What is phosphate?
Phosphate is an essential component in fish nutrition, but is also produced as a waste product by fish. Phosphate is practically non-toxic to fish, but excess phosphate can cause unwanted algae and will inhibit coral growth.
Why test for phosphate?
Maintaining a low level of phosphate is essential for reducing unwanted algae and maintaining coral growth rates. Phosphate tends to accumulate as an aquarium ages, so regular monitoring of phosphate is required to determine the health of the aquarium.
What is the correct level of phosphate?
Phosphate in natural seawater generally varies from 0.01 mg/l to 0.06 mg/l (in terms of phosphorus) in reef areas. However, in a reef aquarium, aim for 0.03 mg/l to maintain good coral growth and keep nuisance algae at to a minimum.
What to do if the phosphate level is wrong?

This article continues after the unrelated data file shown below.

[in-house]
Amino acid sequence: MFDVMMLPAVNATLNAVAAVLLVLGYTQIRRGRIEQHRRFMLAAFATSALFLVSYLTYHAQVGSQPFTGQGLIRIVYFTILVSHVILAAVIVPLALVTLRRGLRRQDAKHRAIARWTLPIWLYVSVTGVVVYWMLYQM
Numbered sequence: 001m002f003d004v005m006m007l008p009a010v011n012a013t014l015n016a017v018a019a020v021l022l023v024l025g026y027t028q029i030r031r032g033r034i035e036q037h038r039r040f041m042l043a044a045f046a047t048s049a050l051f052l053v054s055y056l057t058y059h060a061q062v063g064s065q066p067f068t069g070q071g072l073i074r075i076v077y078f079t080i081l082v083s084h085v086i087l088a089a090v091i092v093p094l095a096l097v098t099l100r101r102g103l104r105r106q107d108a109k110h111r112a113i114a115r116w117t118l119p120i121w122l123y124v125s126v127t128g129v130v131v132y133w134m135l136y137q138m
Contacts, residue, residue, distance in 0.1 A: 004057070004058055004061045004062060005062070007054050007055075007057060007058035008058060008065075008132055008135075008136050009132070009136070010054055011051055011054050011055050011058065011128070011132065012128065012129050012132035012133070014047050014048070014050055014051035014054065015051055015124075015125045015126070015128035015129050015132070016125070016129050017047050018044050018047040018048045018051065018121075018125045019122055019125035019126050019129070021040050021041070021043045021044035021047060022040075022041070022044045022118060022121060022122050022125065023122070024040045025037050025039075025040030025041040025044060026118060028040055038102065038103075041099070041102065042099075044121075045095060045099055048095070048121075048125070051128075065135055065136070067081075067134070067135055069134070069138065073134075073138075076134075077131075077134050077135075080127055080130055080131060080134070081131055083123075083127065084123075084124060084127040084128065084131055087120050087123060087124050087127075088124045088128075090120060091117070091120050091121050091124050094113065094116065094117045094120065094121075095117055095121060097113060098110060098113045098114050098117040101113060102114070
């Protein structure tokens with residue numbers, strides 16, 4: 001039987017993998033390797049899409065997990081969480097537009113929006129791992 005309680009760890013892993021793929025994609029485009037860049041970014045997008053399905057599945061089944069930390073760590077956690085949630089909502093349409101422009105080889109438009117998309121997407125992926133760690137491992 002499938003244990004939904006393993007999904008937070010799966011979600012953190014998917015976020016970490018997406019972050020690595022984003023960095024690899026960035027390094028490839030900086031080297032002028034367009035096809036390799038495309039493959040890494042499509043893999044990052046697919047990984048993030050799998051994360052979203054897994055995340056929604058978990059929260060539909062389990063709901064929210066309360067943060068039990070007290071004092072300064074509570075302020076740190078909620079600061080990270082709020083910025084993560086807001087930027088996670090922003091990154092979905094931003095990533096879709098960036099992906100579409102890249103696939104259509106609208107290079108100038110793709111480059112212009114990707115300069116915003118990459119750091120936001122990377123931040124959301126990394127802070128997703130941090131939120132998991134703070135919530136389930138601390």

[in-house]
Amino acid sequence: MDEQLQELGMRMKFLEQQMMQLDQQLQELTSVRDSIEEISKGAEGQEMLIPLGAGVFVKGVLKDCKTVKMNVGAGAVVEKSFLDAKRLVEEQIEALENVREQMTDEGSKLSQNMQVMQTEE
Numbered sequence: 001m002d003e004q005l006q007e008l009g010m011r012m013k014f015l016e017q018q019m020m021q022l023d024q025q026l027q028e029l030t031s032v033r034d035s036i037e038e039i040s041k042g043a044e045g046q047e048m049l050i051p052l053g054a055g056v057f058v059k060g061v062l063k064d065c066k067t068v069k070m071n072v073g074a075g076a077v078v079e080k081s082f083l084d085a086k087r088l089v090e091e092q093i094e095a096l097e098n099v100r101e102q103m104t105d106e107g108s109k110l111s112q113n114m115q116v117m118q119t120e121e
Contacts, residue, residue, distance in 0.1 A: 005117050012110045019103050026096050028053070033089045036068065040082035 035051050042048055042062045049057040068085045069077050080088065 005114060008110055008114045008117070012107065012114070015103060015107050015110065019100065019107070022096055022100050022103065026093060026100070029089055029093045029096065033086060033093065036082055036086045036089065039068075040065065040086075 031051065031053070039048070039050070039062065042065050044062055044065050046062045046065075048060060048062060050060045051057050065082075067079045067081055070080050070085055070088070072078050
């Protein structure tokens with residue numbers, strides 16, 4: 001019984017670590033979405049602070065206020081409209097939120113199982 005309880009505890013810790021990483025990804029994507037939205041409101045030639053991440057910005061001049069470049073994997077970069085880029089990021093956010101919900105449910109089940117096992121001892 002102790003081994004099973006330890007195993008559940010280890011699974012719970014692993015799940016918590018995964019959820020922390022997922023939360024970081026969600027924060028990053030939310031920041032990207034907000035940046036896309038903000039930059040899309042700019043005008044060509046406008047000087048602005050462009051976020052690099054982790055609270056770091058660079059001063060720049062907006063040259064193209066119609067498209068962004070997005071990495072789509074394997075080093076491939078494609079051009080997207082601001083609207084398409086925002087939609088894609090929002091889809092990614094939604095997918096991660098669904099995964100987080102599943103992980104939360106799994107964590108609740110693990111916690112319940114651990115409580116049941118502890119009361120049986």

Regular maintenance and use of partial water changes with a good quality reef salt should help to keep phosphate low. To remove additional phosphate, use of Phosphate Remover in your filter or add Anti-Phos liquid regularly to instantly remove phosphate.
How to test for phosphate?
• Using the syringe provided, add approximately 5 ml of water to the glass test tube. Cap the test tube and shake briefly to wash the test tube. Uncap the test tube and discard this water.
• Add 10 mL (2 x 5 ml using the syringe) to the test tube. 3. Add 10 drops of Phosphate-1 Reagent.
• Add 10 drops of Phosphate-2 Reagent.
• Cap the test tube and shake well to mix.
• Wait for 5 minutes for the colour to develop.
• Once the 5 minutes has elapsed, uncap the test tube. View from the top and compare to the colour chart to determine the amount of phosphate present in the water.
Q: Why do I run out of 1 reagent before the other(s)? A: We fill our test kit reagent bottles to a minimum amount before they are put through a vigorous QC regime. This means that the vast majority of bottles will in fact be overfilled by varying amounts meaning that the reagents may well run out at different rates but you should be able to carry out at least the number of tests stated on the packaging.
To find out more about water quality and parameters in saltwater aquariums, click here.
For common frequently asked questions, click here.
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